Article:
Not soon after both sides in the seven-year conflict in Yemen had agreed to respect a two-month truce – coinciding with the Muslim fasting month of Ramadan – were hopes shattered with both sides blaming the other for breaching the ceasefire, according to one report.

There was no word on whether the fighting continued or subsided again.

On Friday, United Nations special envoy Hans Grundberg said that the truce would go into effect on Saturday and could potentially be renewed if both sides agree. The ceasefire was expected to halt all military activity inside Yemen, as well as along Yemen’s shared border with Saudi Arabia.

“The parties accepted to halt all offensive military air, ground and maritime operations inside Yemen and across its borders; they also agreed for fuel ships to enter into Hodeidah ports and commercial flights to operate in and out of Sanaa airport to predetermined destinations in the region,” Grundberg said in an official statement.  

“The aim of this truce is to give Yemenis a necessary break from violence, relief from the humanitarian suffering and most importantly, hope that an end to this conflict is possible,” Grundberg said. 

The intractable conflict between the Saudi-backed Yemeni government and the Iranian-backed Houthi militia has claimed tens of thousands of lives and pushed millions of civilians into deep poverty in the impoverished Arab country. The Yemen crisis has been described as one of the world’s largest current crises with around two-thirds of the Yemenis, amounting to 20 million people, in urgent need of humanitarian assistance. 

Saudi Arabia, which has been leading an Arab coalition that backs the formal Yemeni government, welcomed the UN announcement of the truce.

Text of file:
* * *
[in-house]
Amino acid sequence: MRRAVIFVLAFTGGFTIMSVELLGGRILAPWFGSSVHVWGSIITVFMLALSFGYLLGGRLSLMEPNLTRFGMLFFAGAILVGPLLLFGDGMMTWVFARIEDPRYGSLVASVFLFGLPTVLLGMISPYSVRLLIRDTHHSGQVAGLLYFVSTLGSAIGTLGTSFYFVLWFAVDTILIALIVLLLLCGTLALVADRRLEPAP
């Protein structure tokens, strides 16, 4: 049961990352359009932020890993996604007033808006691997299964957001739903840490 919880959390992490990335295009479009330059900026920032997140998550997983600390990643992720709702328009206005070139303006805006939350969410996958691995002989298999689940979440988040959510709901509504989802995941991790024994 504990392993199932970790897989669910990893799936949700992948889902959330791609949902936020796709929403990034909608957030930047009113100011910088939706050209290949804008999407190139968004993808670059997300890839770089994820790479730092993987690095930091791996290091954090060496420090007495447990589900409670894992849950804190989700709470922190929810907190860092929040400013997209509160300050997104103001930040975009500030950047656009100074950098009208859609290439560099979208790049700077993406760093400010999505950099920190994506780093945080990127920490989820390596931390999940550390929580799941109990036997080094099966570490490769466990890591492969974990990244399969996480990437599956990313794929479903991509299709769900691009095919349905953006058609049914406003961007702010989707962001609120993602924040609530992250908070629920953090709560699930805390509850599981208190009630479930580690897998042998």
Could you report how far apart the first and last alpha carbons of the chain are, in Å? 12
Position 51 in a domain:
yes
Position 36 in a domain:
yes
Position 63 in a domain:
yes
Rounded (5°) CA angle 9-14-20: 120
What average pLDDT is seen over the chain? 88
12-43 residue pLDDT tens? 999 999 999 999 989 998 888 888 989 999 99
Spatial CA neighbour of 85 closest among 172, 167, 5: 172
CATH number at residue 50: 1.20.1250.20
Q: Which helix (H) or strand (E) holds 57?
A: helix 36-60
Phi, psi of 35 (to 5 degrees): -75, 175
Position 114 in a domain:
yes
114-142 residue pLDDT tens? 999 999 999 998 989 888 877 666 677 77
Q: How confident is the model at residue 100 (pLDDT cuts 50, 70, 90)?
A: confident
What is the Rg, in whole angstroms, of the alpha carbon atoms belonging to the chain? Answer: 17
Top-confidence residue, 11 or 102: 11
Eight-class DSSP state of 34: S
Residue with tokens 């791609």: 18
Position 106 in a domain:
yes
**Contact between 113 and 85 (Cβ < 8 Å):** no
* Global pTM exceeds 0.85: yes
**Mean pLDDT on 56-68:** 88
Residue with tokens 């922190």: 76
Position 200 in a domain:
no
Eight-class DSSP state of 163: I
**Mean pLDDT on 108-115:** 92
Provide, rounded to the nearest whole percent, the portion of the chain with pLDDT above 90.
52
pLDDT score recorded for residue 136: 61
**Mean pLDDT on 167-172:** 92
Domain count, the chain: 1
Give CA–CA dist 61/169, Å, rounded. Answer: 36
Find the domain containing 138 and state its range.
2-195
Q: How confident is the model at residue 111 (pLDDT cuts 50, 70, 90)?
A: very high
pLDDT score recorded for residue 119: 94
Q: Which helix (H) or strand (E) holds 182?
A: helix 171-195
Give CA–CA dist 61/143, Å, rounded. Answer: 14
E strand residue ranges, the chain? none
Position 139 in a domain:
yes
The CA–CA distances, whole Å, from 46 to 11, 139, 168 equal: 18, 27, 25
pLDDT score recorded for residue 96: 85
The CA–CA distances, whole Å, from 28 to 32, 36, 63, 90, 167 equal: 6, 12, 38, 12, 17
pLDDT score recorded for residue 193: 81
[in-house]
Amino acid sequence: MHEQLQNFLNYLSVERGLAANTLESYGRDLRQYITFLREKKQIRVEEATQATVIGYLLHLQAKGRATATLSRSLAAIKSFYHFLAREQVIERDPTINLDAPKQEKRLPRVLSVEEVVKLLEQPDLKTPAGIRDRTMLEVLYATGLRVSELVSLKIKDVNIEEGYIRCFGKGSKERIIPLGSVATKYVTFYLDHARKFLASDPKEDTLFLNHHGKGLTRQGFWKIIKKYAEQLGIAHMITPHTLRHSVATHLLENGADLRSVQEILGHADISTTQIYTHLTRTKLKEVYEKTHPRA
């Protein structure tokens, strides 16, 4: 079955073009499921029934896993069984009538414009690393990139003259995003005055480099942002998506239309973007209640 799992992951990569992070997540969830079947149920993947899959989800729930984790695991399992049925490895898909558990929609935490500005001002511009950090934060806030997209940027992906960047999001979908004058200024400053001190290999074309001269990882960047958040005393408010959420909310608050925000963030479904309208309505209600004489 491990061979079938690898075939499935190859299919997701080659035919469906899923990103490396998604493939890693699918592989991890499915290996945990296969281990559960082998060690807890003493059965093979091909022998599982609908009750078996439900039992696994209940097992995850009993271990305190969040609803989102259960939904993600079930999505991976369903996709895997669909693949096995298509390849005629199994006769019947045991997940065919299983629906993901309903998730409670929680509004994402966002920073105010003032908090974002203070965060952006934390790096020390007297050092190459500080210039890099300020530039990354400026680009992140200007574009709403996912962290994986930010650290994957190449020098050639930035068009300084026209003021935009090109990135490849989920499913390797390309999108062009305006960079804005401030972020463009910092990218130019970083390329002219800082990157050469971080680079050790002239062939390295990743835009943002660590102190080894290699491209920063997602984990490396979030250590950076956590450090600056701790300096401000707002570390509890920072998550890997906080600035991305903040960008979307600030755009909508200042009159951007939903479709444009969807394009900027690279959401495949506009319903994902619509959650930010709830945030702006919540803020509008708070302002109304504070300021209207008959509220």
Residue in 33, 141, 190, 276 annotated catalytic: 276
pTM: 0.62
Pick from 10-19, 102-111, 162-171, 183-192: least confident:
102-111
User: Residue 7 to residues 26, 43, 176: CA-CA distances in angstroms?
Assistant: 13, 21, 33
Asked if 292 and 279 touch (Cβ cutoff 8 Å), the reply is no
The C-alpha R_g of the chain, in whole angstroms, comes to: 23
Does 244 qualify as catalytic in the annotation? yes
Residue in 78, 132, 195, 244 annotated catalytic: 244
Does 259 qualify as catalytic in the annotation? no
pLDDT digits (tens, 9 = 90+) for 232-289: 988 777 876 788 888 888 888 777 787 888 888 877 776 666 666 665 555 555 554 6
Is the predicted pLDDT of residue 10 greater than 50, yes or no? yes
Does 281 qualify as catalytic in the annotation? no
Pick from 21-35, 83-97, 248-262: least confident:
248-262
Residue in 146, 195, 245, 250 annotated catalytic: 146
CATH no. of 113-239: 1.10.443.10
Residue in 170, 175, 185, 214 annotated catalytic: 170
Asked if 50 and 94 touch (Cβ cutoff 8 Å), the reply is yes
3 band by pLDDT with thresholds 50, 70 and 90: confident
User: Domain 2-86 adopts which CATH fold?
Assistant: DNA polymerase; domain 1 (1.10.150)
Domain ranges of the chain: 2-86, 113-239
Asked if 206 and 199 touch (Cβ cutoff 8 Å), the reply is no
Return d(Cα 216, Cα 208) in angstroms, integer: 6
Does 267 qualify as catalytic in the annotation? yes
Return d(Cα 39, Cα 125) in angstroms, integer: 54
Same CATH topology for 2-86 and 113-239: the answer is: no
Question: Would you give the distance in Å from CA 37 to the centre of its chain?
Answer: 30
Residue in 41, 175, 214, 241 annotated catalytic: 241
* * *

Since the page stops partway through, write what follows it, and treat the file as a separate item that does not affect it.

In a statement, the Saudi Ministry of Foreign Affairs said it “appreciated the efforts” of the UN envoy and stressed that the mutually agreed truce “comes in the content of the Saudi initiative to put an end to the Yemeni crisis and reach a comprehensive political solution, announced in March 2021,” the official Saudi Press Agency (SPA) reported. 

The Iranian regime, which backs the anti-government Houthi terrorist militia, officially also welcomed the truce in the war-torn country. 

“Foreign Ministry spokesperson Saeed Khatibzadeh expressed hope that the move could be a prelude to a complete lifting of a blockade and a permanent establishment of a ceasefire in order to find a political solution to the Yemen crisis,” Iranian state media reported.

Even with a truce, significant challenges remain. The Yemeni government side demands that the Houthis lift their siege of Yemen’s third-largest city Taiz, saying it constitutes a “form of warfare.” After repeated failures to capture the city, the Houthis have effectively laid siege to Taiz, which has had a dramatically detrimental impact on the local civilian population. 

Col. Abdul Al-Baher, a Yemeni army officer, expressed some optimism concerning the situation in Taiz. 

“There is relative calm on all fronts here in Taiz,” Al-Baher told Arab News. 

However, even if the truce is prolonged, the costly task of rebuilding Yemen remains.  The UN recently estimated that some $4.3 billion was urgently needed to help 17 million Yemeni people across the devastated country. The protracted conflict has largely prevented international aid from reaching millions of Yemeni civilians suffering from hunger and malnutrition. 

The conflict in Yemen has implications for the entire Middle East. The Houthis have increasingly used Yemeni territory for launching drone and missile attacks against Sunni Arab states such as the United Arab Emirates and Saudi Arabia. In late March, the Houthis launched an assault on Saudi oil facilities in the city of Jeddah. While there were no casualties, the attack has raised international fears of a deepening energy crisis amid Russia’s energy standoff with the European Union member states. 

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